identical with, Jair. Hence the conclusion that any addition to a
person's name - in this case the word Havvoth - creates a new
name, distinct from the person's original
Returning to the question raised above, the bride who is now
called Rachel Leah is considered to have a completely new name, totally
unrelated to her former name, Rachel. Incidentally, this explains the practice
of those who are careful to call people by both their names. For example, if a
person is named Reuben Simeon, they will take care to always call him Reuben
Simeon together, and not simply Reuben or Simeon, since the latter are not
considered a shortening of his name but rather a totally different name. We
also conclude from this that the name Reuben Simeon is not the same as Simeon
Reuben; rather, these are two different
It is interesting to note that three rabbis presented this
argument: Rabbi Barukh Epstein, author of the Torah Temima
, in his
commentary on the Torah, Tosefet Berakhah
; Rabbi R. Margaliyot, in note
35 on the Testament of Judah Hasid
; and Rabbi Eliezer Silver, in the wake
of the following incident.
When the first son
of Rabbi Isaac Ausband, head of the Telse-Cleveland Yeshiva, was born, he wanted
to name him in memory of his father-in-law, Rabbi Isaac Bloch, rabbi of Telse.
He was not sure, however, that this would be proper since he himself was called
Yitzhak Isaac, and according to Ashkenazi custom father and son should not have
the same name. Rabbi E. Silver responded that he could call his son Avraham
Yitzhak since this name was considered totally different from his own (Yitzhak
Isaac), and presented the above argument in substantiation of his
Rabbi Barukh Epstein and Rabbi E. Silver referenced
Deuteronomy 3:14: "Jair son of Manasseh received the whole Argob district
(that is, Bashan) as far as the boundary of the Geshurites and the Maacathites,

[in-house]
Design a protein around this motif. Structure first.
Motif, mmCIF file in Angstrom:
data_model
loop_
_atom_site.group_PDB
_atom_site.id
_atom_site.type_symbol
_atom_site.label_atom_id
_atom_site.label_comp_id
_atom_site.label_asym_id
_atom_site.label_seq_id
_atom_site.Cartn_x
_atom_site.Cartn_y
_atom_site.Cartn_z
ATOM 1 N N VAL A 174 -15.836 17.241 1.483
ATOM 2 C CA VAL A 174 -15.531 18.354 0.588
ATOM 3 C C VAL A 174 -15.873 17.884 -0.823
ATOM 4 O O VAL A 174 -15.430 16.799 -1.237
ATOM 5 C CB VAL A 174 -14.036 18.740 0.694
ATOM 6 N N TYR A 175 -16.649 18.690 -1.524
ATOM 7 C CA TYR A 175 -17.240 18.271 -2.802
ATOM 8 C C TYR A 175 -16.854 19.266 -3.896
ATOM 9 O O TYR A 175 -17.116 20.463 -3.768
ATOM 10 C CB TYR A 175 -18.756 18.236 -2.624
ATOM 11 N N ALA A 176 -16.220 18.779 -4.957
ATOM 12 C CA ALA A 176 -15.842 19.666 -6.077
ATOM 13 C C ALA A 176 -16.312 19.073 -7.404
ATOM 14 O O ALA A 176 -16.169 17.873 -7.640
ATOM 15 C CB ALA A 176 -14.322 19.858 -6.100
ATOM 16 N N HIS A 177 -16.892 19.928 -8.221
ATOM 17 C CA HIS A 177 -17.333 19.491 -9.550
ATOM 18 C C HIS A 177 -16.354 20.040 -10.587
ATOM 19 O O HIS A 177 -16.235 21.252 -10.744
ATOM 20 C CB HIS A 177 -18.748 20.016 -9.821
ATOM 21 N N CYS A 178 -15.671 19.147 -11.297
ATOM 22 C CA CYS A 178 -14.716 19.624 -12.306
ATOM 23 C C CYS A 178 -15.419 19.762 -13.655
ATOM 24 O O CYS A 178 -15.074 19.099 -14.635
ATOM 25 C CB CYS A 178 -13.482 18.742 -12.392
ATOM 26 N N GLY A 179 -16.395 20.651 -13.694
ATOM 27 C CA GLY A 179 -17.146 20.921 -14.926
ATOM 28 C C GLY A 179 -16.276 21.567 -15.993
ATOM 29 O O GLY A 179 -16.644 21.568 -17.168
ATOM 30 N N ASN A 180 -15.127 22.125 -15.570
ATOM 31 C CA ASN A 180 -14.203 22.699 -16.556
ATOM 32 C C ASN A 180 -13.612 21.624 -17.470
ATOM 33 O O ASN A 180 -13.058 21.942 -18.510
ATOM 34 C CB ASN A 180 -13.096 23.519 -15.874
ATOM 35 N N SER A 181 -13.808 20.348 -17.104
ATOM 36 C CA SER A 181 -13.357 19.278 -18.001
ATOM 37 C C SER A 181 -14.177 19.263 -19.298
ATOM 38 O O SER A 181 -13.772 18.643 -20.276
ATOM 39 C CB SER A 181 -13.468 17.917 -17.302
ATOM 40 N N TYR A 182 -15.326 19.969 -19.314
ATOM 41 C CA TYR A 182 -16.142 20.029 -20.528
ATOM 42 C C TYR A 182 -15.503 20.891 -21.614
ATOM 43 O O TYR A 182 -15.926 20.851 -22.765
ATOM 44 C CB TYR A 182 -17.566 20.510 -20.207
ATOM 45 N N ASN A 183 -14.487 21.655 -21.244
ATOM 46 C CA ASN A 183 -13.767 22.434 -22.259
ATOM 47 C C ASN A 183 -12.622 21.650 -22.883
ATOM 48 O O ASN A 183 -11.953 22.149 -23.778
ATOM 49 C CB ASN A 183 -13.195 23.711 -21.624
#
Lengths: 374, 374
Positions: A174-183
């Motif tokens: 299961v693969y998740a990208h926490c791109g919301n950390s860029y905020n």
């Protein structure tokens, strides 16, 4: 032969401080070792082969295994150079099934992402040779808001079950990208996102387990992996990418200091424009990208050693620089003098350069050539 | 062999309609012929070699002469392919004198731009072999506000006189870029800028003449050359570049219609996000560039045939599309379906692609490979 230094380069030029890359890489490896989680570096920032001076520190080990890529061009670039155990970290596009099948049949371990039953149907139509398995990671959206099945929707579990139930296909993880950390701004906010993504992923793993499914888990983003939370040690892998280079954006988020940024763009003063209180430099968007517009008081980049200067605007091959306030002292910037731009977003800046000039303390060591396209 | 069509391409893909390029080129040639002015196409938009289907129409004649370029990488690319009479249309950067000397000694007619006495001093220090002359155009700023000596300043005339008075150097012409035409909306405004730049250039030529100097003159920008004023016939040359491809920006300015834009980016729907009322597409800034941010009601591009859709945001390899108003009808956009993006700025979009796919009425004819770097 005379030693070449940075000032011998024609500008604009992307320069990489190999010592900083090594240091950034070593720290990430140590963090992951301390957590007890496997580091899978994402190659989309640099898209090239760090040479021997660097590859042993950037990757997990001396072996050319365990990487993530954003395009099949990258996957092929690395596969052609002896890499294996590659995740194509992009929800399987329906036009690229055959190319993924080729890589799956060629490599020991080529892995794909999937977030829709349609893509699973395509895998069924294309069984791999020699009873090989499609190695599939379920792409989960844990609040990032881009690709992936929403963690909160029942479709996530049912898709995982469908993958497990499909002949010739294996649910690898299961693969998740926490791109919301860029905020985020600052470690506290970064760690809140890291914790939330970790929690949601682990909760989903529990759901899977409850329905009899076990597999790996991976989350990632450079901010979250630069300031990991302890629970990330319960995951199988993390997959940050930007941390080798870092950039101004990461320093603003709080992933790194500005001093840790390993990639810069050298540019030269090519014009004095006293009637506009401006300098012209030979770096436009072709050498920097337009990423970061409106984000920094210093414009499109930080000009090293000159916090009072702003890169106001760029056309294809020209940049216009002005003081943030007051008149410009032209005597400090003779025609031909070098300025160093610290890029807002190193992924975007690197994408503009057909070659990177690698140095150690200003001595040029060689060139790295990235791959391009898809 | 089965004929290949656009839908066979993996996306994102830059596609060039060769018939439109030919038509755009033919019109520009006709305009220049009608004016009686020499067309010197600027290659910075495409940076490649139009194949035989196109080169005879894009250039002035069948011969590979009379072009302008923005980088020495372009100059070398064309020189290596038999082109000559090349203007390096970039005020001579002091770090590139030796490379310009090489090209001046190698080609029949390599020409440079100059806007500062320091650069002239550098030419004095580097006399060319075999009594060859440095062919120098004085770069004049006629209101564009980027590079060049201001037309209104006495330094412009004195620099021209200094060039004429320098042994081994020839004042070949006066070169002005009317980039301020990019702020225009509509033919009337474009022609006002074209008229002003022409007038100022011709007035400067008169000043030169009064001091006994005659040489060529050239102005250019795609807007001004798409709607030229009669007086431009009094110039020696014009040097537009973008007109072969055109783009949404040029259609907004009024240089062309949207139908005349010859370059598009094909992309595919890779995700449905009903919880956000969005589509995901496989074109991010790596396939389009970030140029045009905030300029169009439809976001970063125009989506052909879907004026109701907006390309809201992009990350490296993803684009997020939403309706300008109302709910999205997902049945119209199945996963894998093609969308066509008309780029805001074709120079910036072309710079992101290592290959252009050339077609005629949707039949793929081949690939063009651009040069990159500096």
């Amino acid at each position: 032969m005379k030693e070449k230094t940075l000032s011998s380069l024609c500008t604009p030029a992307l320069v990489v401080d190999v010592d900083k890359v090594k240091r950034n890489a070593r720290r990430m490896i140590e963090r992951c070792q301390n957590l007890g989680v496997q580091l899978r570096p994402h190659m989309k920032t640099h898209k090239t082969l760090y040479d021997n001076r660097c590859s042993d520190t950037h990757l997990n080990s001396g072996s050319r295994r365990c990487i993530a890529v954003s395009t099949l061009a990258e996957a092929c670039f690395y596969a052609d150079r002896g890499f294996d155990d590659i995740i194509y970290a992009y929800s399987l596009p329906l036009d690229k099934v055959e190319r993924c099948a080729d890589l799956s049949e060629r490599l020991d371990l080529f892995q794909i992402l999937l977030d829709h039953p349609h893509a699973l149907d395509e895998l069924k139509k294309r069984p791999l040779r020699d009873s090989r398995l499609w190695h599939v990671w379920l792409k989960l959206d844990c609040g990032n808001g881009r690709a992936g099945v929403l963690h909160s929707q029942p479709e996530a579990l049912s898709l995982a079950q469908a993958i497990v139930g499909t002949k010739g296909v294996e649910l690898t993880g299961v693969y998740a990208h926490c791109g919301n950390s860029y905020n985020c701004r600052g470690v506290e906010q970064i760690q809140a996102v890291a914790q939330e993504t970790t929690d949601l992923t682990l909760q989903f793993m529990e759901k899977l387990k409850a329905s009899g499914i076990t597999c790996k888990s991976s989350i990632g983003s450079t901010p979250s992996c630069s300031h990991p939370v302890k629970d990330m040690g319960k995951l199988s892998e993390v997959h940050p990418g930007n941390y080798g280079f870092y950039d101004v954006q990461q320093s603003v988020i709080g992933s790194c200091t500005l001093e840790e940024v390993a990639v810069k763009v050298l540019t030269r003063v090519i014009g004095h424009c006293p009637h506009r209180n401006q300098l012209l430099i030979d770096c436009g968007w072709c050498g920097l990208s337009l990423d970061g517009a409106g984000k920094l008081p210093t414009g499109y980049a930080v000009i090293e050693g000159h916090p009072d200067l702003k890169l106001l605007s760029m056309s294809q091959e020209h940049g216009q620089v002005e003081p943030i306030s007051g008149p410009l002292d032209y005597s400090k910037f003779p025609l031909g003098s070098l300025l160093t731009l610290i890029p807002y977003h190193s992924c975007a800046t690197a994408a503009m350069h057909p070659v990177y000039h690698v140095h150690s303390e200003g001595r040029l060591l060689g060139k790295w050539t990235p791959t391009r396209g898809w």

and named it after himself (Heb. al shmo), Havvoth-jair - as is
still the case." Note that Scripture is precise in its choice of words,
saying al shmo, which might be rendered literally as "after
his name," as opposed to bi-shmo, which would be literally calling
it his name. This is to indicate that Havvoth Jair is named after
him but is not his actual name. Incidentally, I have not found this
linguistic distinction noted in dictionaries or other books on the Hebrew
language [nor is it made in the JPS translation].
To their remarks we can add the following texts:
(1) "Now Absalom, in his lifetime, had taken the pillar
which is in the Valley of the King and set it up for himself, for he said,
‘I have no son to keep my name alive.' He had named the pillar
after himself (al shmo), and it has been called Absalom's Monument
to this day" (II Sam. 18:18). In other words, since the site is called
Absalom's Monument (yad avshalom), there is an addition here to the
name Absalom, therefore Scriptures says al shmo, i.e., after or
recalling something of his name.
(2) Sometimes a name change can find expression in merely
adding letters; in such cases, too, Scriptures is precise and uses the phrase
al shmo. For example: "Then he bought the hill of Samaria from
Shemer for two talents of silver; he built [a town] on the hill and named the
town which he built Samaria, after (al shem) Shemer, the owner of the
hill" (I Kings 16:24). Likewise:
(3) "For that reason these days were named Purim, after